“I don't need need Israel to go to the US and directly engage those young people,” he added, “just tell a pro-Christian story coming out of Israel, say that here is the affirmative action we are taking for these people.”
The way Israel treats the local Christian community is of great import for Evangelicals abroad, he said, and stories such as one at Christmas that Israel was not going to grant permits to Gazan Christians to visit Jerusalem and Bethlehem, a policy later reversed, has a very negative impact.
Nicholson said that Prime Minister Benjamin Netanyahu does a very good job at the rhetorical level reaching out to Evangelicals, and that is something that any prime minister should continue.
“The rhetorical piece is always important – sending Christmas greetings, a very basic thing that lets the worldwide Christian community know that you care.”
But, he said, other practical steps would go a long way in shoring up the already strong support.
For instance, he said, Christians in Israel do not have their own education system, and are “lumped in with the Arab educational system, which is Muslim, and they learn Islamic history, not their own history."
Although Christians in Israel do well educationally, he said, “In the realms of culture, identity, religion, they are not being taught their own history and they are kind of without a place ... Investing in education would be a big thing.
He said that another thing that the Christian community also asks for is reunification of family members living on either side of the Green Line.
“These are things that they are asking for, and they are not that hard,” he said. “We are talking about a small number of people who are almost negligible in the overall society.” This type of gesture, he suggested, would go "a long way toward creating even more good will” among Evangelicals.
The New York based Nicholson acknowledged that there are substantial differences in the way Israeli Jews and American Jews view Evangelicals.
Passages co-founder Robert NicholsonPassages co-founder Robert Nicholson
Evangelicals and Jews in America come from the complete opposite ends of the social spectrum, even in terms of geography, he said, noting that many American Jews have never spent any time with an Evangelical.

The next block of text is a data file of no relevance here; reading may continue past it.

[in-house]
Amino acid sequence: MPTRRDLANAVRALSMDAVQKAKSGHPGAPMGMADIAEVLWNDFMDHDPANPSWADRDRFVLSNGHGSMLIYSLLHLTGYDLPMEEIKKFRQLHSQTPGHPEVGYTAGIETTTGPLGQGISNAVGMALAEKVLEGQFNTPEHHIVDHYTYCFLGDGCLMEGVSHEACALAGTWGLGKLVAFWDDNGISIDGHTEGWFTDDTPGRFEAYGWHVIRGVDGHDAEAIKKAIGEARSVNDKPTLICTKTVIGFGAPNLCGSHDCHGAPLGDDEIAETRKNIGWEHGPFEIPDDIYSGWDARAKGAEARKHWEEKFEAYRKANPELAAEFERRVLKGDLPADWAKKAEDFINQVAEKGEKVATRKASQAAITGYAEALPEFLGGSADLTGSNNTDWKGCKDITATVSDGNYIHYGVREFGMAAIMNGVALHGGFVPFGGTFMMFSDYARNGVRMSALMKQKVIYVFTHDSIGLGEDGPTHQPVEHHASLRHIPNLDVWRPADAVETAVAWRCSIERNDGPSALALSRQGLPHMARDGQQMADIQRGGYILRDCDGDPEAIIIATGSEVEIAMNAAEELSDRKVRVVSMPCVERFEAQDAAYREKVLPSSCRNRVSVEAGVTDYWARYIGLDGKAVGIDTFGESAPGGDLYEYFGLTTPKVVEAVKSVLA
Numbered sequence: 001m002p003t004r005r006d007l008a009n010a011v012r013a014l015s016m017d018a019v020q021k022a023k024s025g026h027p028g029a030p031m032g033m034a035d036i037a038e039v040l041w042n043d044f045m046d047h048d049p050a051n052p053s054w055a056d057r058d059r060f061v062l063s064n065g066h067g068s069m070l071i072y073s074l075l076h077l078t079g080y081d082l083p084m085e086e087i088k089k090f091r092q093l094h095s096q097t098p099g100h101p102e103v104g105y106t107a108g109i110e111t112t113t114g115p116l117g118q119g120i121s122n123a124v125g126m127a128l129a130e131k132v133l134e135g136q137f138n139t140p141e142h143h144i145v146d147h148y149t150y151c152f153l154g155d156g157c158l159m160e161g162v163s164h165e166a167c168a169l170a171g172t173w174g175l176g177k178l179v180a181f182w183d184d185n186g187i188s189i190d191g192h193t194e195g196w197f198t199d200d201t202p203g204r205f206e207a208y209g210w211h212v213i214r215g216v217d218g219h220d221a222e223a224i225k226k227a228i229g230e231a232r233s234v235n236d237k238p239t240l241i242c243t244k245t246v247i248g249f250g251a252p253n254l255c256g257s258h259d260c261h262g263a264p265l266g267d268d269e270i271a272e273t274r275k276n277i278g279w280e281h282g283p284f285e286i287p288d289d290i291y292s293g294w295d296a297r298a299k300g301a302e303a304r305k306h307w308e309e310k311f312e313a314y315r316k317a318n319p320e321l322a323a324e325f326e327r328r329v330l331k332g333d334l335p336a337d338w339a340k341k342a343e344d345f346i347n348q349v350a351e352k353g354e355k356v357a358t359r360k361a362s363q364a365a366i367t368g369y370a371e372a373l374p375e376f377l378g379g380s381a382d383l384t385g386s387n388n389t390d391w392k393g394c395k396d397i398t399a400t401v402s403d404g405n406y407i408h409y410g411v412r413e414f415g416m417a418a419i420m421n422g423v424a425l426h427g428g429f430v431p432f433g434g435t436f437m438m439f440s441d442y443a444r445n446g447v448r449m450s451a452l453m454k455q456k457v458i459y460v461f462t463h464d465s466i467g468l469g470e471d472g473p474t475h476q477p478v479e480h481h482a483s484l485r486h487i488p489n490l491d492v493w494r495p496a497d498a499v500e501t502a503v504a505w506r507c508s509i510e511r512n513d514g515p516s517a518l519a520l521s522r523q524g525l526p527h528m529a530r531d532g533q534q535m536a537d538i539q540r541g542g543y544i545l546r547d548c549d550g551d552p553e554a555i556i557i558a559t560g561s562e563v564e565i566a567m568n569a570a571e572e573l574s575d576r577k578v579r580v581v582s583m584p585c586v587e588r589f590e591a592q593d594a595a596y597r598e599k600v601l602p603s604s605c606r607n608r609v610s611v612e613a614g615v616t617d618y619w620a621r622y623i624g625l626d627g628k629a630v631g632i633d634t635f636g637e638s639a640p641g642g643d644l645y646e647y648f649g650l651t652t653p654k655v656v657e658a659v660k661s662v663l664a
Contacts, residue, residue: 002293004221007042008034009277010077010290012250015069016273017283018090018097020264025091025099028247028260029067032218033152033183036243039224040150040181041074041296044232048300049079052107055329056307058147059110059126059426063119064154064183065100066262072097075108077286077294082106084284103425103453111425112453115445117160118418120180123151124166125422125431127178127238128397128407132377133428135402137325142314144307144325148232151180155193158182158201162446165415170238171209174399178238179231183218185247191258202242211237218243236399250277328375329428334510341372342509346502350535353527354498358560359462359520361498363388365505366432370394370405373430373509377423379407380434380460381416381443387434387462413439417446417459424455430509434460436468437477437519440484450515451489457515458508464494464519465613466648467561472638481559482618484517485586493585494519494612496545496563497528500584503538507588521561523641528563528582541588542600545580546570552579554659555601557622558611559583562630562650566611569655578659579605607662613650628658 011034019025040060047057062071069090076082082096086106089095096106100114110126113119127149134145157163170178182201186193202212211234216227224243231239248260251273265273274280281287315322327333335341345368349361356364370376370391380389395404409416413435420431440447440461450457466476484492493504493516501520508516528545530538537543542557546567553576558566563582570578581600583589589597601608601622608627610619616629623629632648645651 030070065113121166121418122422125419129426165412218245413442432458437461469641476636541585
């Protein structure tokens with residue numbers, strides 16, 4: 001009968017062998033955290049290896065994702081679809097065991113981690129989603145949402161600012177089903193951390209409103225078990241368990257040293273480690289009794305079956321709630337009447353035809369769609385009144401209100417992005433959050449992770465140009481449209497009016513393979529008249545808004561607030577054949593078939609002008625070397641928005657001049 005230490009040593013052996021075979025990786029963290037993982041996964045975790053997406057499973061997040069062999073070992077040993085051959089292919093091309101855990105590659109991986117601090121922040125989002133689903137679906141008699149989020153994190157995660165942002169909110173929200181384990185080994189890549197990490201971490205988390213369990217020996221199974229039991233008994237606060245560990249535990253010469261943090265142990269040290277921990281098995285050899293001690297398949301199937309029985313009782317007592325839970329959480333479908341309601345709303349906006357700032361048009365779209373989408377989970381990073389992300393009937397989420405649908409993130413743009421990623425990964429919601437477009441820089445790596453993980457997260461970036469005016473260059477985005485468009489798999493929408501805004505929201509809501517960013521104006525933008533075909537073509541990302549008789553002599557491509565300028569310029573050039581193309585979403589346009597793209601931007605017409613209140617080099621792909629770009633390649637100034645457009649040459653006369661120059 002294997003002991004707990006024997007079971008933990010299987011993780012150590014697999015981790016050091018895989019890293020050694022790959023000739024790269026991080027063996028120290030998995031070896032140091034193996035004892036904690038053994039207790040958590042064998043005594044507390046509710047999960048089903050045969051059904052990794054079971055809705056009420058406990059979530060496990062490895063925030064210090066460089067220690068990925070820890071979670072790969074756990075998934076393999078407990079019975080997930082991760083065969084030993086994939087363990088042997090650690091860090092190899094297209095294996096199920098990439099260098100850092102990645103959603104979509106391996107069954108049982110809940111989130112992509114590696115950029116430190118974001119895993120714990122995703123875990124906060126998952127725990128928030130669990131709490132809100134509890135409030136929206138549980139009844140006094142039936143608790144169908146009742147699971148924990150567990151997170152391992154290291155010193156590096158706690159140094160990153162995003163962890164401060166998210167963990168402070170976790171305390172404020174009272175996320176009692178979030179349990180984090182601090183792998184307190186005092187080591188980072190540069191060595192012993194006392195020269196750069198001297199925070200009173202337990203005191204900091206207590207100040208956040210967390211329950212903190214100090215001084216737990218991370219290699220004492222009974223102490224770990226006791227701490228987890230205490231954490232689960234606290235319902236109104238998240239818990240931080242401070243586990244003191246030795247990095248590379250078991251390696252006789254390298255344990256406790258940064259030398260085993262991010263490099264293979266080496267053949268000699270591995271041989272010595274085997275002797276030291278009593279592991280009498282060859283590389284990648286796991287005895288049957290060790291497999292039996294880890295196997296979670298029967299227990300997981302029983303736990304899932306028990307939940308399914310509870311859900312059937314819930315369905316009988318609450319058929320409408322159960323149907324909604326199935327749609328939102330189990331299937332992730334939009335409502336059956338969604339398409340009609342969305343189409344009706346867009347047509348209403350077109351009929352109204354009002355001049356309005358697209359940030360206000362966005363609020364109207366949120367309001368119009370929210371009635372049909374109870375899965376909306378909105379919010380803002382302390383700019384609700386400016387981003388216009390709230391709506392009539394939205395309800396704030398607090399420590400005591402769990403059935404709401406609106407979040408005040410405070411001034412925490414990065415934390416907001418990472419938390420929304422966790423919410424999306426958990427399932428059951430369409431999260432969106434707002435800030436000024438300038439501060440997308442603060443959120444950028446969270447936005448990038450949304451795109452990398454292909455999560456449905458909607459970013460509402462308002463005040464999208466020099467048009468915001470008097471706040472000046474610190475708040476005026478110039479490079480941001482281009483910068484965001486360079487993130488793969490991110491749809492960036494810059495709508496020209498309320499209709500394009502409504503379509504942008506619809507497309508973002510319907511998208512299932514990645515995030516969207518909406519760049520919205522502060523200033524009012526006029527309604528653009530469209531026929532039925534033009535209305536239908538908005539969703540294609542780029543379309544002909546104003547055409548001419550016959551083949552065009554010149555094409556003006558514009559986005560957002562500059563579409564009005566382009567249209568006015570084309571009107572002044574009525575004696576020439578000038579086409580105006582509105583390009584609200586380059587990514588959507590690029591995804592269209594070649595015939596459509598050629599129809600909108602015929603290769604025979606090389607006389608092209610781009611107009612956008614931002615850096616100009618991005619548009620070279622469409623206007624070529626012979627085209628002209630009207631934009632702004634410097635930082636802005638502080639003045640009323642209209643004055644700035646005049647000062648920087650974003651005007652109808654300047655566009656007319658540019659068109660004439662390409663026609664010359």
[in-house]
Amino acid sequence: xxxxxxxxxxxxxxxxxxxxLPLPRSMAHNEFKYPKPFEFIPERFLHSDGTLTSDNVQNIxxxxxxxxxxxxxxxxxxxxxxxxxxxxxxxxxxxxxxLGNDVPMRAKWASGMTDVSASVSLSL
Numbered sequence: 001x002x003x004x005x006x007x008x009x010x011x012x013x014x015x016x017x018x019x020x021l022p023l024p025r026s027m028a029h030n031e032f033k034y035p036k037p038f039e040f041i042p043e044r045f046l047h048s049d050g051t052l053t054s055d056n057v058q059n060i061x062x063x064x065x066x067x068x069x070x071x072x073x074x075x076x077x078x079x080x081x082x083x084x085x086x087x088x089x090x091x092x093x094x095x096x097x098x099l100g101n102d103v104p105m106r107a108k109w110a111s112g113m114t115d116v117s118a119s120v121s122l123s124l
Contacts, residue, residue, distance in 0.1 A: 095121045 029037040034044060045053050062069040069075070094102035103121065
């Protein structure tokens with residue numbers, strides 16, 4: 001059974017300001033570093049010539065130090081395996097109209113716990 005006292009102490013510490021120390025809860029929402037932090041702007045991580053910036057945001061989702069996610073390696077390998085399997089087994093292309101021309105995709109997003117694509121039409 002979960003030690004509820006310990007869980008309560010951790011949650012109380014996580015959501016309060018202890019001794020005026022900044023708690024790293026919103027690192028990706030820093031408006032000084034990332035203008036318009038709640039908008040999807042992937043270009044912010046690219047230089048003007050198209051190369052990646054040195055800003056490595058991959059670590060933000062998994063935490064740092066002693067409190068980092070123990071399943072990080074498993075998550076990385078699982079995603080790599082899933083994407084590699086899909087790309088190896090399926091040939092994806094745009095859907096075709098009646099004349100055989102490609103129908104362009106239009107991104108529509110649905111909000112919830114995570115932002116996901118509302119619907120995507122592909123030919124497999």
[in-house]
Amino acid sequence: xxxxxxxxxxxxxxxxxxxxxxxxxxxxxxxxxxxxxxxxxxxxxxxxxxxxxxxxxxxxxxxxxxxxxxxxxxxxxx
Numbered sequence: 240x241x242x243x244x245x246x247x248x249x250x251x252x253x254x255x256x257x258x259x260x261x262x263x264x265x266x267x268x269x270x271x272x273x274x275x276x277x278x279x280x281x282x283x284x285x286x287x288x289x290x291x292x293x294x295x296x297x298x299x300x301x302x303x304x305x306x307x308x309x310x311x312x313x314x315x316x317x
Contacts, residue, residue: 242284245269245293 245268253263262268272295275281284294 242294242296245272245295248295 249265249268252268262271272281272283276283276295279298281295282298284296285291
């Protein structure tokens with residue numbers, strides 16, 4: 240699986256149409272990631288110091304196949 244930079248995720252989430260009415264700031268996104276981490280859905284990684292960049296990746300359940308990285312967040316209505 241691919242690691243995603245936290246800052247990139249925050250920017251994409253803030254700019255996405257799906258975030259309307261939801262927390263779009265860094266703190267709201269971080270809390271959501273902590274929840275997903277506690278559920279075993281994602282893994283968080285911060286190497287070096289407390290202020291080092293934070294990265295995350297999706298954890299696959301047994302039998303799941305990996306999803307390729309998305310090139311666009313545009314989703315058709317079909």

“So for them the Evangelical is almost a caricature, they imagine what they [the Evangelical] thinks, believe, and how they think about them as Jews.”
Asked whether Israeli Jews understand, and are less fearful of Evangelicals than American Jews are, Nicholson said that in his experience the answer is yes.
“But it is not because Israelis understand them better, Israelis are just more pragmatic," he said. "They are not so worried about the precise theology or the motivation – they may have opinions about that, but it is just not that important to them. In the situation that Israel finds itself in, beggars can't be choosers, so I think many Israelis, Left or Right, whether they are super excited about it or not, are grateful for it [Evangelical political support]. Their attitude is like, 'the more friends, the better, so thank you'.”
Nicholson said that in this year's tour for students, one issue upon which there was greater focus than in years past was antisemitism.
For many of the students, he said, antisemitism was always something that happened during World War II. But now, following antisemitic incidents in Pittsburgh, Poway, Jersey City and Monsey, it is something more real, more relevant.
They are paying attention to it, and – as a result – a trip to Yad Vashem this year resonated in a different way.
“There is all this talk about antisemitism, and combating antisemitism, and way most people go about it is to be anti-antisemitic. What we think is more logical is to fan the flames of philosemitism – fight the hatred of Jews, with the love of Jews.”
And that, he said, is an area where Passages contributes.